Shooting from the lip
Looking back at a weekend of televised sports ...
ESPN's Outside the Lines did a good feature on the rivalry between Tennessee women's basketball coach Pat Summitt and UConn's Geno Auriemma. It has gotten so frosty that they no longer play each other in the regular season even though it's the one game that gains interest from the general fan. The Boston Globe's Jackie McMullen put it best when she said: "I think they both have to understand that they're much better off together than they are apart if they really do want to promote the women's game. It's sad that the game still needs to be promoted, but it does.''
Summitt and Auriemma need get over themselves and put the game ahead of their egos. Not playing is like Ohio State refusing to play Michigan in football. Actually, it's worse because Tenn-UConn, unfortunately, is about the only women's game people want to see.
Most overblown story
Everyone likes to compare conferences in basketball, but it's time to stop that nonsense. This past weekend proved that there's no way to tell which conference is good or bad. The ACC, the Big 10, the Big 12, the Pac-10, the SEC, the Big East. They all have teams alive and they all had top teams knocked out. The mid-majors are well represented, too. If this weekend showed anything, it's that parity is taking over college hoops.
What's it going to take for the NHL to change the rules on icing? Is it going to take a player becoming paralyzed? A player being killed? Last week, the Wild's Kurtis Foster was the latest to get hurt. His leg was shattered when he crashed into the boards chasing down an icing against an opponent. A few years ago, a player in the Czech Republic was killed on an icing play. The league needs to change the rule now so that as soon as the puck crosses the end line, the whistle is blown and icing is called. In other words, the puck does not need to be touched by the defensive team. No-touch icing. The league needs to change the rule. Now.
Just when I was starting to like Bob Knight for his ESPN work, he messes it up. He went on the Mike & Mike radio program and refused to answer questions about the controversy involving Indiana's coaching situation. Either you are a commentator or you're not. If you're being paid to give analysis, you have to analyze everything, not just the subjects you feel like. You don't see Bill Cowher refusing to talk about the Steelers. Or Tiki Barber refusing to talk about the Giants. Or Kirk Herbstreit refusing to talk about Ohio State. As an analyst, you're either all in or all out. If Knight doesn't want to talk about Indiana basketball then he needs to drive home, grab his fishing rod and go stand in a stream somewhere.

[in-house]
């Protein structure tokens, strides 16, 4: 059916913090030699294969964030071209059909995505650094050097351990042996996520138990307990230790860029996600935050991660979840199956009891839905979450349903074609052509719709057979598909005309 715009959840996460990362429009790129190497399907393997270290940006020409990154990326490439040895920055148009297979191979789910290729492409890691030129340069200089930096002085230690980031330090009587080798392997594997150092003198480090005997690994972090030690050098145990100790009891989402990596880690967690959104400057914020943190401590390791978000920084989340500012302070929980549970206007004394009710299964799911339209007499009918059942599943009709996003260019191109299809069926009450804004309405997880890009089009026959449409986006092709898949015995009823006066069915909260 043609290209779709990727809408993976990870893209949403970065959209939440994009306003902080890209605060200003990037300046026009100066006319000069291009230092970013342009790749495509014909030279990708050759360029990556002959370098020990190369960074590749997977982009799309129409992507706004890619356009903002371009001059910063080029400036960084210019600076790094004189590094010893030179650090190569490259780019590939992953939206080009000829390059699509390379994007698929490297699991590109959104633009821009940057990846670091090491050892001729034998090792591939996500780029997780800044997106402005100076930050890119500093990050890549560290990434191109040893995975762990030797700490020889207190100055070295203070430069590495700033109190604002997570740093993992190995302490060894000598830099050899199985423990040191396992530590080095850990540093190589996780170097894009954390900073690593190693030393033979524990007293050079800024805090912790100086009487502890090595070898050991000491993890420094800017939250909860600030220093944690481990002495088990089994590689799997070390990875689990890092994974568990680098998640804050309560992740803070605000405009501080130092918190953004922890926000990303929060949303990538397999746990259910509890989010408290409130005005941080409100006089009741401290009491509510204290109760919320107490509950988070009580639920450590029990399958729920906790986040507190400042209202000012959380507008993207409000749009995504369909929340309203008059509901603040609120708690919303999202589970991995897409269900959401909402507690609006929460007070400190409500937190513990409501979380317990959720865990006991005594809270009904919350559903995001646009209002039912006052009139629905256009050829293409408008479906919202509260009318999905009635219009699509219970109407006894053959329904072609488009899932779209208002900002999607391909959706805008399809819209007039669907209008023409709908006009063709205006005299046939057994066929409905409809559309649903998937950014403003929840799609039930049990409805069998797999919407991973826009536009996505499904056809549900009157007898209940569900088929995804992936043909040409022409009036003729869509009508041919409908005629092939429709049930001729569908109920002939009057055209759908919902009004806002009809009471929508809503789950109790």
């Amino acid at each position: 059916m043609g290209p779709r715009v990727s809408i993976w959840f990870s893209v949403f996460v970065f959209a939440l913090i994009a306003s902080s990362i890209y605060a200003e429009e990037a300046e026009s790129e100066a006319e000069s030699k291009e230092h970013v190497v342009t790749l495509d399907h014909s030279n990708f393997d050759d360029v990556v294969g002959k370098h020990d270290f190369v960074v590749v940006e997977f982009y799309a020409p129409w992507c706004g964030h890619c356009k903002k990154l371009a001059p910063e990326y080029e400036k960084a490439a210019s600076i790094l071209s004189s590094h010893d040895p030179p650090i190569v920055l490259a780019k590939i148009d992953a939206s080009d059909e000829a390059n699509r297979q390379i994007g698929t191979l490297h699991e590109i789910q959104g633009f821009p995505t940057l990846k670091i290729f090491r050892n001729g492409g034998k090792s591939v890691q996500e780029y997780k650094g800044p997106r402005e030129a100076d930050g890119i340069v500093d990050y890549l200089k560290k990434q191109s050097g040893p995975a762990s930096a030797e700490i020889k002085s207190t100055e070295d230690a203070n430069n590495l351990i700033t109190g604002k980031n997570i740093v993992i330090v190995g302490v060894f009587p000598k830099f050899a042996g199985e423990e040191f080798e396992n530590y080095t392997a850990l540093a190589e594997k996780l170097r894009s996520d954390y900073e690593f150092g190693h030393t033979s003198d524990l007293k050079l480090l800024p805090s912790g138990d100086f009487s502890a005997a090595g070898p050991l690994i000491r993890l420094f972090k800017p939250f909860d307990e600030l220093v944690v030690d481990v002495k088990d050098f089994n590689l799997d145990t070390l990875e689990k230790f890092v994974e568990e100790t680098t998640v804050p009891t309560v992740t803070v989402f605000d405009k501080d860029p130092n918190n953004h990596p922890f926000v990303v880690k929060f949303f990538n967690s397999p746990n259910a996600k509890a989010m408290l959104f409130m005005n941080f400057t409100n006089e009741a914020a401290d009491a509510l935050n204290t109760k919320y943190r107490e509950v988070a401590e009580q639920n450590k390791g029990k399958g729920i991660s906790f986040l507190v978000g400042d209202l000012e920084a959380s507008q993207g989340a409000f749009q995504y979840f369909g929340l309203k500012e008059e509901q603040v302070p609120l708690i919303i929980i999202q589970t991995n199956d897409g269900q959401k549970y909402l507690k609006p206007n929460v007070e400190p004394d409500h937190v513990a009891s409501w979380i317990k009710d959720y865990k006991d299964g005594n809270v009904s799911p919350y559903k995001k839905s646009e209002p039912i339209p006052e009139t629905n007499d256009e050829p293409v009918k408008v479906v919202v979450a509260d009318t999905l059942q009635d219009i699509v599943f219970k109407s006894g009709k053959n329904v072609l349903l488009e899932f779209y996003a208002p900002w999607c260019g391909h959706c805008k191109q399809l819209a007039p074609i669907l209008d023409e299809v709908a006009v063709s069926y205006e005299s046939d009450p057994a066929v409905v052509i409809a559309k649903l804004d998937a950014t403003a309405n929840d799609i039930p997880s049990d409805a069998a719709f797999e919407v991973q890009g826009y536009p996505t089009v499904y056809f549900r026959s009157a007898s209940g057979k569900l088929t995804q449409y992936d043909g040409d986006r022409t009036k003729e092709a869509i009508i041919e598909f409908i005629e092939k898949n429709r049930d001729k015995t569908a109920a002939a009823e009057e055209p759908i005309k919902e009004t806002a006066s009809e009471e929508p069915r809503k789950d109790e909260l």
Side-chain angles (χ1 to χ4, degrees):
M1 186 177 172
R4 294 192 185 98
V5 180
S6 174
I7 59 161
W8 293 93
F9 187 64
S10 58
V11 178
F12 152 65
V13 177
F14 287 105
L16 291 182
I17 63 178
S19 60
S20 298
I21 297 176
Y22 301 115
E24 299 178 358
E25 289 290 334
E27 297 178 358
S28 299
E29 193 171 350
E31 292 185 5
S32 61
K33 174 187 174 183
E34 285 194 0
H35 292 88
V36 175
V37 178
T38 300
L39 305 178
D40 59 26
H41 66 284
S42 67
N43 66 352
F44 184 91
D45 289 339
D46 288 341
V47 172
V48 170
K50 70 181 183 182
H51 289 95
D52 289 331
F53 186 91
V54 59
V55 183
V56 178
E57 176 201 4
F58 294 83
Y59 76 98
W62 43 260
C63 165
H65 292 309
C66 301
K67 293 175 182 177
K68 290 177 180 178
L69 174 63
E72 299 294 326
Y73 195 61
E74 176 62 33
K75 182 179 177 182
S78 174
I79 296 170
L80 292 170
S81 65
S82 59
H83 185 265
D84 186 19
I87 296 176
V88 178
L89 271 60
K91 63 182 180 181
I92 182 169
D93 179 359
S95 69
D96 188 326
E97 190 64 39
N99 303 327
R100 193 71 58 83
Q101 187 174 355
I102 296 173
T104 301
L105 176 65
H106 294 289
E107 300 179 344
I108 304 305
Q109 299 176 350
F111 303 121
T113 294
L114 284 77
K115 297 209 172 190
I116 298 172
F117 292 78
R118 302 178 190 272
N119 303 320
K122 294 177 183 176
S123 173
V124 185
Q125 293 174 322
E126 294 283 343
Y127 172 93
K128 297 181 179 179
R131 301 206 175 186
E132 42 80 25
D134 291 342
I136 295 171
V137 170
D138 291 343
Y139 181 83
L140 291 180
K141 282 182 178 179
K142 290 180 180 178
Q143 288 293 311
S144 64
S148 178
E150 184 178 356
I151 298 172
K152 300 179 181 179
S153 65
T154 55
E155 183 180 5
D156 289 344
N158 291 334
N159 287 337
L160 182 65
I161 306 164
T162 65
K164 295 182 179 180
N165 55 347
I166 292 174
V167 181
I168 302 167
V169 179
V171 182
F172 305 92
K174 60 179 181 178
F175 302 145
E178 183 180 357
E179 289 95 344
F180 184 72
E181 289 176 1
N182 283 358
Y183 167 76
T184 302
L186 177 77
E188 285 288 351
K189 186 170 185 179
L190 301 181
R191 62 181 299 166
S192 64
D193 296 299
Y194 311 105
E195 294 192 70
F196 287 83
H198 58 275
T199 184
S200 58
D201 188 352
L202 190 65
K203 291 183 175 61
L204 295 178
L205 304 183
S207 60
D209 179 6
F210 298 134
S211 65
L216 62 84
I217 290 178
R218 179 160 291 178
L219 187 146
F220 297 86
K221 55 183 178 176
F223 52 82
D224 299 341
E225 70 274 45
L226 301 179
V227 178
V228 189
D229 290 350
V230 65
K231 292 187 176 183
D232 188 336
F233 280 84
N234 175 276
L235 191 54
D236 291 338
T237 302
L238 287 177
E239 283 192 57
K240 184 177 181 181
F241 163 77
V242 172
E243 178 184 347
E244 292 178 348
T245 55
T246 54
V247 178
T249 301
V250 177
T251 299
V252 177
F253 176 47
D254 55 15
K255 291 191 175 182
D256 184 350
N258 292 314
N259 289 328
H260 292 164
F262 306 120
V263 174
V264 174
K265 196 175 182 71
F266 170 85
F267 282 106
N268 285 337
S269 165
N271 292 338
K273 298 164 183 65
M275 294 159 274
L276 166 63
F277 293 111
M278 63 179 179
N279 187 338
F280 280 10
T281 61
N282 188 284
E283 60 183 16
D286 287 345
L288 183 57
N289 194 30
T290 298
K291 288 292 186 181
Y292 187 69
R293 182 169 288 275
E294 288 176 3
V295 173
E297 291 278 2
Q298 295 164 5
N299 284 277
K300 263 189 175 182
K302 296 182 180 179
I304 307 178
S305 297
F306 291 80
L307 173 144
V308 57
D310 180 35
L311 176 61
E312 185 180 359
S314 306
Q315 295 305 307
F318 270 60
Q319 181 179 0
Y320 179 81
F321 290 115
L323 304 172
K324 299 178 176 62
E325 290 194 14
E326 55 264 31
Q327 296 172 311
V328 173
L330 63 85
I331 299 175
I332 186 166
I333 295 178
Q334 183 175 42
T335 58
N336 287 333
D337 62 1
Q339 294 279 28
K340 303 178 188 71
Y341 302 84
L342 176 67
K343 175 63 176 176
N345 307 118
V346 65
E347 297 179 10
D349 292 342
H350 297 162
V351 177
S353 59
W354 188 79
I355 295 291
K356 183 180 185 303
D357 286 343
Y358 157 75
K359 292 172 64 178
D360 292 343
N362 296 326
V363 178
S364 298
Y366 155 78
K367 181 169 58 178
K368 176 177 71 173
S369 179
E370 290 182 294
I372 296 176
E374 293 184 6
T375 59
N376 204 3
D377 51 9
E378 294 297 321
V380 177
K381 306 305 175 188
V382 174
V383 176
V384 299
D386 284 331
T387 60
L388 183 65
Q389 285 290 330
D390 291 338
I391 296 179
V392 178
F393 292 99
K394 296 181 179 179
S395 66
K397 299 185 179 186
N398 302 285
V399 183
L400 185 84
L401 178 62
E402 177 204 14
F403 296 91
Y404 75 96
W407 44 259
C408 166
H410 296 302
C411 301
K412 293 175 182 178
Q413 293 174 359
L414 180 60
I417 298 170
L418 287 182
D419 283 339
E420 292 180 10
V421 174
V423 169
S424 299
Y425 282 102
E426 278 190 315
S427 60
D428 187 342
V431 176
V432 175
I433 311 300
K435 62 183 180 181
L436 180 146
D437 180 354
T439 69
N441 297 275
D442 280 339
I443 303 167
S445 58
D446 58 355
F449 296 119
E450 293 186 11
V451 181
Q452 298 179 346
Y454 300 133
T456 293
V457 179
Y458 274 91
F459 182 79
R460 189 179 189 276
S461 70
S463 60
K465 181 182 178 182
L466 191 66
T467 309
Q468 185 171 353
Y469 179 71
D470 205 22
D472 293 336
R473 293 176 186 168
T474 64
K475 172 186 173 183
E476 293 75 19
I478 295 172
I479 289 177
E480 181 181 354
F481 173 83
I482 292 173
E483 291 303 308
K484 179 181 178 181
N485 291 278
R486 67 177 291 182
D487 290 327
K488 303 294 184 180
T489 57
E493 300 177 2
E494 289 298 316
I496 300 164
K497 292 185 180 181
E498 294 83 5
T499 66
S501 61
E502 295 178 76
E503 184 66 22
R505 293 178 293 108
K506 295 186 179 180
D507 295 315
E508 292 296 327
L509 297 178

CBS does a bang-up job covering the NCAA Tournament, but it was absolutely masterful during a half-hour stretch Sunday afternoon, juggling three games at one time as they were all coming to a close. It kept track of Western Kentucky-San Diego and didn't miss any of the key moments in the Tennessee-Butler and Georgetown-Davidson thrillers. During this stretch, it became apparent that Verne Lundquist and (our man in the photo there) Bill Raftery, who were calling the Tennessee game, make up the best team CBS has. Yes, even better — way better — than the lead team of Jim Nantz and Billy Packer. Tim Brando and Mike Gminski called the Tampa games and did fine, although Brando kept making "bunny'' comments Sunday. We get it, Sunday was Easter.
This brief exchange shows again why NBC's Johnny Miller and Dottie Pepper are about as good as it gets when it comes to golf. It came when Jim Furyk had about a 5-foot putt during Sunday's coverage at Doral. Just check out how much they know and how much you learn.
Pepper: "He has backed away from this putt twice, which makes me think he might have trouble.''
Miller: "Well, he always backs away once.''
Pepper. "Once. But he has now backed away a second time, which could mean a problem.''
Miller: "He has a new putter.''
Sure enough, Furyk missed what seemed like an easy putt. This is the type of stuff they deliver all afternoon every time they’re on the air. And you know what? They didn't break their arms patting themselves on the back after Furyk missed his putt.
The only thing surprising about Duke getting knocked out of the second round of the NCAA Tournament was that it got to the second round in the first place. Time for coach Mike Krzyzewski to go on the recruiting trail and pick up a few bruisers because the Blue Devils have become a soft team. Shooting 3s coming off the bus can work in December, January and February. But come March, when the grind of the season causes fatigue in the legs, it doesn't work. Did you realize Duke is 1-3 in its last four tournament games?
Tiger Woods didn't win Sunday, but that doesn't change anything that Mike Lupica said on ESPN's The Sports Reporters: "He is the main event in sports right now. … He towers over golf the way Babe Ruth once towered over baseball.''
The Celtics lost at New Orleans on Saturday, but considering before that they won games at Dallas; San Antonio, Texas; and Houston (in the game that snapped the Rockets' 22-game win streak), they have become the clear team to beat in the NBA.
Three questions that popped into my head over the weekend (and one answer)
1. Does anyone besides Rays manager Joe Maddon refer to Tropicana Field as "The Pit?''
2. Stanford coach Trent Johnson was kicked out his team's game against Marquette on Saturday. No matter what comes out of a coach's mouth, doesn't a referee have to give a coach a little slack in a tight NCAA Tournament game?
3. How many analysts are better at their job than ESPN's Doris Burke is on women's college basketball? (Answer: Not many.)